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Olympics as 'Five Ring Circus'

Chris Shaw, critic, author and now council candidate, on why the games are 'a corporate scam.'

By Andrew MacLeod 26 Jun 2008 |


Andrew MacLeod is The Tyee's legislative bureau chief.

He is the author of All Together Healthy: A Canadian Wellness Revolution (Douglas & McIntyre, 2018) about improving public health. His first book A Better Place on Earth: The Search for Fairness in Super Unequal British Columbia (Harbour Publishing, 2015) is based on a series he wrote for The Tyee about economic inequality and won the George Ryga Award for Social Awareness in Literature.

Before joining The Tyee, Andrew worked for Victoria's alternative weekly Monday Magazine, where he wrote hundreds of stories on many topics, including poverty, land use and the environment. His work has been referred to in the B.C. legislature, Canadian House of Commons and senate. He won a 2006 Association of Alternative Newsweeklies award for news writing and was a finalist for a 2007 Western Magazine Award for best article in B.C. and the Yukon.

Andrew lives with his family in Victoria and is learning to play the Scottish small pipes. You can reach him here or at (250) 885-7662.

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'$6 billion party'
  • Five Ring Circus: Myths and Realities of the Olympic Games
  • Christopher A. Shaw
  • New Society Publishers (2008)

First the news: Christopher Shaw, the outspoken critic of bringing the 2010 Winter Olympics to British Columbia, is running for Vancouver City Council. He will campaign for the November 2008 municipal vote with the Work Less Party, supporting environmental activist Betty Krawczyk's bid to be mayor.

Meanwhile, the neuroscientist and University of B.C. professor Shaw is promoting Five Ring Circus: Myths and Realities of the Olympic Games, a book that grew out of his work as a founder and lead spokesperson for the No Games 2010 Coalition and 2010 Watch.

Released in June, Shaw said the book's first run of 5,000 copies is selling well enough that New Society Publishers is already planning a second printing. It is a companion piece to a documentary Work Less Party founder Conrad Schmidt released in 2007.

"We will take [the book and film] forward into the civic election in a big way," said Shaw. The election is an opportunity, he said, "To force a lot of red pill moments on Vancouver's citizens and think about what this thing is really all about."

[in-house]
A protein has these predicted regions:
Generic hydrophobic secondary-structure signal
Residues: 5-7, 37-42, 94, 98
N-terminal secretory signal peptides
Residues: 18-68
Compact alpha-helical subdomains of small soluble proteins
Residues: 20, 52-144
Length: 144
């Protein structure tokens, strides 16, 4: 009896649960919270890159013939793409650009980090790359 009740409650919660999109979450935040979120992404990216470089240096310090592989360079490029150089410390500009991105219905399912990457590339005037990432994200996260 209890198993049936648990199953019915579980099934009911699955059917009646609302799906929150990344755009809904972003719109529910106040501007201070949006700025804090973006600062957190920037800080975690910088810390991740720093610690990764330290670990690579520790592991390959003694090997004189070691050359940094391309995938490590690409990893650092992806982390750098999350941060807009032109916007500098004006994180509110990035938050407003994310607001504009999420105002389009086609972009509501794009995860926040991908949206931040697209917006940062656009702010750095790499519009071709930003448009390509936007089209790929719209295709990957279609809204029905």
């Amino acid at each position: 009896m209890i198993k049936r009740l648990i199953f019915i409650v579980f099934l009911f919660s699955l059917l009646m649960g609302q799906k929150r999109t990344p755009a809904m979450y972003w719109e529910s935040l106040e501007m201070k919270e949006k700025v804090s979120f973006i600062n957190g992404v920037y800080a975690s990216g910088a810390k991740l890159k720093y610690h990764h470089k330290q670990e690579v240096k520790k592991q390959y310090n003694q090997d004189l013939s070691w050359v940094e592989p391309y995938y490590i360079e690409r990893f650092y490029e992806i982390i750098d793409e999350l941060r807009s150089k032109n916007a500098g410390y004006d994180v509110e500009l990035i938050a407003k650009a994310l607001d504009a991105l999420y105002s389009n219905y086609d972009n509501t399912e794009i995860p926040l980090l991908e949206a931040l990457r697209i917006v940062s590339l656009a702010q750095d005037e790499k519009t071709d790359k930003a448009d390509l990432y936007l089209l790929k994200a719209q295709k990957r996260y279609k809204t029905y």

While he said he doesn't expect the Work Less Party to win, members will have some fun and may be surprisingly competitive with Vision Vancouver and Non-Partisan Association candidates for mayor. "We're pretty confident we can paint Gregor Robertson and Peter Ladner as kissing cousins if not twins. That leaves really one choice, which is to vote for grandma [Betty], if you don't believe in that kind of stuff."

The Tyee recently talked with Shaw about the new book by phone while he was home in Vancouver between trips to Ecuador and Hong Kong.

You raise the question in the book of whether the games are cool, a corporate scam or both. At this point how would you answer?

"It's a corporate scam. It is the slickest financial scam I've ever heard of. It's basically a Nigerian banking scam multiplied by a million. It's very, very well done. At the local level it is built by developers for real estate development. At the national level, it's built for television marketing. The two sides talk together and they sell you this thing that's supposed to be Mother Theresa and Wonderbread all rolled into one. It's a very slick machine and it's got 50 years of saturation advertising backing it up. Most of us grow up thinking the Olympics are an unalloyed thing of good and it's very hard to break that conditioning."

People are starting to see how the games are being outsourced, with much of the tax money spent on them leaving the province. What do you make of that?

"They're getting outsourced, that's for sure. The jobs and a lot of the money... I don't think you should be surprised at all. I think it was always a bit of a misrepresentation to suggest all the jobs would stay here in B.C. or even in Canada. Certainly the money doesn't stay here or in Canada.

"That's what you're going to get under this kind of liberalized trade regime. Why wouldn't they under NAFTA? You remember how it was sold, though. It was one more of those things they used during the plebiscite period and even before that to get people onside. It was all going to be about jobs for British Columbians, it was all going to be about art, it was all going to be about the greenest games ever. That's typical. It's not atypical for how they sell a bid."

Are there patterns to how the games are sold to host cities?